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Finally, the starting pitchers have to go deeper.  Only Yu Darvish and Joe Musgrove have pitched at least six innings in a game.  Following Wednesday’s game against the Pirates, the San Diego bullpen leads the league with 134 1/3 innings. Although heartening to have Dinelson Lamet and Ryan Weathers return the action, the former lasted just two innings, the latter three in a 2-1 loss to Pittsburgh.  Keone Kela, Pierce Johnson, Emilio Pagan, and Drew Pomeranz picked up the slack in that game. In Wednesday’s win against the Pirates, the Padres’ workhorse, Darvish, had his shortest outing, lasting just 5.2 innings before turning the ball over to Craig Stammen, Tim Hill, Pagan, and Mark Melancon.  Named the MLB the reliever of the month for April, Melancon closed out the game on a disputed call at first base.

The return of catcher Austin Nola should improve the catcher situation, taking some of the pressure off of Victor Caratini who has appeared in 23 games and allowing Luis Campusano to return to the minor leagues (A+) for more seasoning.  Acquired at the trade deadline last year, Nola took over the bulk of the catching duties, and the former shortstop performed surprisingly well on both sides of the ball.

The World Champion Los Angeles Dodgers’ surprisingly poor start has certainly helped the Padres stay afloat. And the Padres will not have to face Dustin May (and his 1.50 ERA against San Diego) any time soon as he will undergo Tommy John surgery later this month. However, the Padres cannot count on a continued blue swoon alone and must tighten up their defense, get more innings from the starting pitchers, and score far more of their runners once they get on base to stay in the hunt.

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2 thoughts on “The Padres not alone in mastering inconsistency

  1. I don’t think they are inconsistent, their pitching is consistently good, and their offense is consistently bad. In fact, given the level of talent, their hitting is actually stunningly bad. If/when they get swept by the massively overachieving Giants, heads should roll.

    I’m glad you mentioned Tatis, because no one seems to have the guts to call him out on his performance (especially in light of his talent). His numbers are very misleading on offense. His many solo HR’s are masking his awful hitting. He often swings at a “pitchers pitch” (e.g. a pitch on the corner or just off the plate) on the first or second pitch. And, of course, he pops out or hits a weak grounder. A couple of nights ago (after the Padres inexplicably had their #2 hitter sacrifice but in the first inning!) with a runner on second with one out, Tatis swung at the first pitch, which was a cutter/slider that was about six inches off the outside corner. That is a microcosm of the Padres’ struggles and season so far. Yet NO ONE calls him out. Why? Because there is ZERO leadership on this team. None. This especially includes Hosmer, Machado, Tingler, and Preller.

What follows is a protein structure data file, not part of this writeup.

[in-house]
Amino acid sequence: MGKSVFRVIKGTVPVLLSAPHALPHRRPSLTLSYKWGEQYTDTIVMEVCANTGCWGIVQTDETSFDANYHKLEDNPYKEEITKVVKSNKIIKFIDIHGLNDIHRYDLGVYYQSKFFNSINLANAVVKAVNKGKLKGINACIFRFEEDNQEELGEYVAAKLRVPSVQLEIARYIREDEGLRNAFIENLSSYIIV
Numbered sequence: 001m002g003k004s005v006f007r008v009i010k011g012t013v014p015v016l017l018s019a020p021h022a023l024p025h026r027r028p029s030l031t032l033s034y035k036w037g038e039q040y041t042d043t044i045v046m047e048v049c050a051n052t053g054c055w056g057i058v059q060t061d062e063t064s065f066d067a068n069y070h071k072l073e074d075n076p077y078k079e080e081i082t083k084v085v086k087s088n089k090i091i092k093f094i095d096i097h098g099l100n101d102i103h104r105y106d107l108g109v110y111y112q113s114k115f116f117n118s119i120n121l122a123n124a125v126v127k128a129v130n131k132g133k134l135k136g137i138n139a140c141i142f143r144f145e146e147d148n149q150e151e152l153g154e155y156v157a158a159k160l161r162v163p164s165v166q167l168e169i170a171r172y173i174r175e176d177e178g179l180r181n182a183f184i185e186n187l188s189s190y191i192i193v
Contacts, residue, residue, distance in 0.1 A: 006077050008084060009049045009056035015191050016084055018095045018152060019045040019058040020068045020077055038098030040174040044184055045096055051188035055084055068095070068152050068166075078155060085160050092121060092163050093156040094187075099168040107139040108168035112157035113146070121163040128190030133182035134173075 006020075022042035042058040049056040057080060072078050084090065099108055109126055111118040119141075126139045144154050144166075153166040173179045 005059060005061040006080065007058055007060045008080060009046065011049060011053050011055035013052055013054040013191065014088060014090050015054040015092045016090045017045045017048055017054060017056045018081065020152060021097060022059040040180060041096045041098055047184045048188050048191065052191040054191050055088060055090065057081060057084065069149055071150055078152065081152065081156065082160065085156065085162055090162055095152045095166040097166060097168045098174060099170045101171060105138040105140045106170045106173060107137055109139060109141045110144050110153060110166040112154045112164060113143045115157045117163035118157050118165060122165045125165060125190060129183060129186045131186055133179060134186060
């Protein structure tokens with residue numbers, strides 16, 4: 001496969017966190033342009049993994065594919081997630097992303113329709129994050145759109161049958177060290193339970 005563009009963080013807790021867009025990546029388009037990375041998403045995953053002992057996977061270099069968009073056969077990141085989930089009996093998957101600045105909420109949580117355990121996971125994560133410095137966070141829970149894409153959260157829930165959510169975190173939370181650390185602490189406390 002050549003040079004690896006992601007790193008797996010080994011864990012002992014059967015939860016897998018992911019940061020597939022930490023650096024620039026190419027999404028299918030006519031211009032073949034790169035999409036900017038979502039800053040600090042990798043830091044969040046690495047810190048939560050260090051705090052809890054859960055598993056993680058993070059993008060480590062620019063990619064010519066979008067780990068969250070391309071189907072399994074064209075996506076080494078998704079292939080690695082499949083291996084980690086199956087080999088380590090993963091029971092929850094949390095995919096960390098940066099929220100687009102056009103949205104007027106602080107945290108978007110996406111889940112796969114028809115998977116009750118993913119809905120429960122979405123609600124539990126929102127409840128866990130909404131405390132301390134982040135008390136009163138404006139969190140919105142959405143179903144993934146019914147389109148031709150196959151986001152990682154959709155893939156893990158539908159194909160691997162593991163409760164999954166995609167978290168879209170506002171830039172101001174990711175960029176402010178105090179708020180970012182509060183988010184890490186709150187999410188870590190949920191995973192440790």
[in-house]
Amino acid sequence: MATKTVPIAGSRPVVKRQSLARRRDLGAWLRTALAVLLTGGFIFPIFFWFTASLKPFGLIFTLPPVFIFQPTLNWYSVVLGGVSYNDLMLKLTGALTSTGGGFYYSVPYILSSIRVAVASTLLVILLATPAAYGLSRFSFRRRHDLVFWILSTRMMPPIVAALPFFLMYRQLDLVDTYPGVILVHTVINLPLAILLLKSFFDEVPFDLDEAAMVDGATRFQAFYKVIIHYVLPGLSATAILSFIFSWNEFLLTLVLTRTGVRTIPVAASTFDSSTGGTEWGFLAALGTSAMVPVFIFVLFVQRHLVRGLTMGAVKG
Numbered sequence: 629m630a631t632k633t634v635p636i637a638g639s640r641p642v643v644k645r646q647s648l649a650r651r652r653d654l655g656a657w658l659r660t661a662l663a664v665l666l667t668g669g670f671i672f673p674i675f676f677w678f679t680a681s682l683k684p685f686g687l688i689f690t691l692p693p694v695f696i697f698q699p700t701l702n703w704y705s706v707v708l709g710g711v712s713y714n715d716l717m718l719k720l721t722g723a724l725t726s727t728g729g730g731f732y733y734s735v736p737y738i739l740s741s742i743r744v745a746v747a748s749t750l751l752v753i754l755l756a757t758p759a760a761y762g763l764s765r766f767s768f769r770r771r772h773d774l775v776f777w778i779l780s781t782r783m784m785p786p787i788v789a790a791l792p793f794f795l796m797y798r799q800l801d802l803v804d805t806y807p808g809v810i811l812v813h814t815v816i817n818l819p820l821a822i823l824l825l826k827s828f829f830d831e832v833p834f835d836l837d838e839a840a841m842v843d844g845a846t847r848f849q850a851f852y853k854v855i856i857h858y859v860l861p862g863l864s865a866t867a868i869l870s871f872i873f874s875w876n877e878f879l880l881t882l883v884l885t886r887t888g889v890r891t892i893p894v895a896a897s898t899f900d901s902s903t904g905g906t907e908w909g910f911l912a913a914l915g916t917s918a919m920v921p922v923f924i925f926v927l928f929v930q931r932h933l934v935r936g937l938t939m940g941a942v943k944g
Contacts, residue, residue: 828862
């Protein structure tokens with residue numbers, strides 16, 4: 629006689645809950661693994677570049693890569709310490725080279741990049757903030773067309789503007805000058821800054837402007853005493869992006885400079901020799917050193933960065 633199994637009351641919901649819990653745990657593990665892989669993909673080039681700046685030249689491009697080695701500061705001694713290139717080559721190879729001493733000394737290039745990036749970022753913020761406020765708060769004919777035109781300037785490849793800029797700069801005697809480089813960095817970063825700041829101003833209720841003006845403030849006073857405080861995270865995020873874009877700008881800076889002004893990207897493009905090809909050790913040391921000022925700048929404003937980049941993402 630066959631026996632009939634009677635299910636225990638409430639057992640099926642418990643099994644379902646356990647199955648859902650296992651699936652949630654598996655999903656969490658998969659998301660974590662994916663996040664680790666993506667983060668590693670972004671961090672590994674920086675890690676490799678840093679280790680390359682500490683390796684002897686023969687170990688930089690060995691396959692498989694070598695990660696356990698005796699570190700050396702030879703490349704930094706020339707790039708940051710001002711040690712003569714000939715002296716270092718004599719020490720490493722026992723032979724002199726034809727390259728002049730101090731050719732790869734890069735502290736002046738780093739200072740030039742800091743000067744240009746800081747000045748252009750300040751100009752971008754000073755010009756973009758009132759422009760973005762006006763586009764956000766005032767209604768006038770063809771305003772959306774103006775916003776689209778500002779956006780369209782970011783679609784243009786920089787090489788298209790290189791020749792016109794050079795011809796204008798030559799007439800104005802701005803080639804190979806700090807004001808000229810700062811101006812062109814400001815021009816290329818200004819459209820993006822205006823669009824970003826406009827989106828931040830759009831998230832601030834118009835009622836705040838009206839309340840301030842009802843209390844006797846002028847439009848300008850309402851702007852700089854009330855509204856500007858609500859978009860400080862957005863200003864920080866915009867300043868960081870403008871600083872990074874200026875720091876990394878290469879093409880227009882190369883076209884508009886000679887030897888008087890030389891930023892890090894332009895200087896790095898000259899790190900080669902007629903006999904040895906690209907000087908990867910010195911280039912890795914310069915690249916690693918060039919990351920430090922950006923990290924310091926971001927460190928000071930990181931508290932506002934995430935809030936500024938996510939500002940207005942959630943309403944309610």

No one will experience any consequences for all this weak and halfhearted performance.

    1. Hi D,
      Thanks for your thoughts. Actually, only the bullpen has been consistently good, with starters either MIA, pitching fewer innings, or backsliding. For instance, Joe Musgrove has gone from a no-hitter to giving up four runs in five innings to the Giants on Saturday.
      Like Musgrove the entire team is inconsistent. Where is the team that came back from a six-run deficit to defeat the Dodgers and take three out of four in that series? The Dodgers themselves have been plagued with the same inconsistency virus.
      You are spot-on regarding Tatis Jr. On both sides of the ball, he’s not even come close to performing up to his capabilities. Is he playing hurt or trying to live up to his contract or overeager? He’s a mystery that must be solved.
      I don’t think the Padres’ struggles stem from playing halfheartedly. Instead, they very well may be pressing.
      Fortunately, the team has many months to improve its performance and begin to live up to all the hype.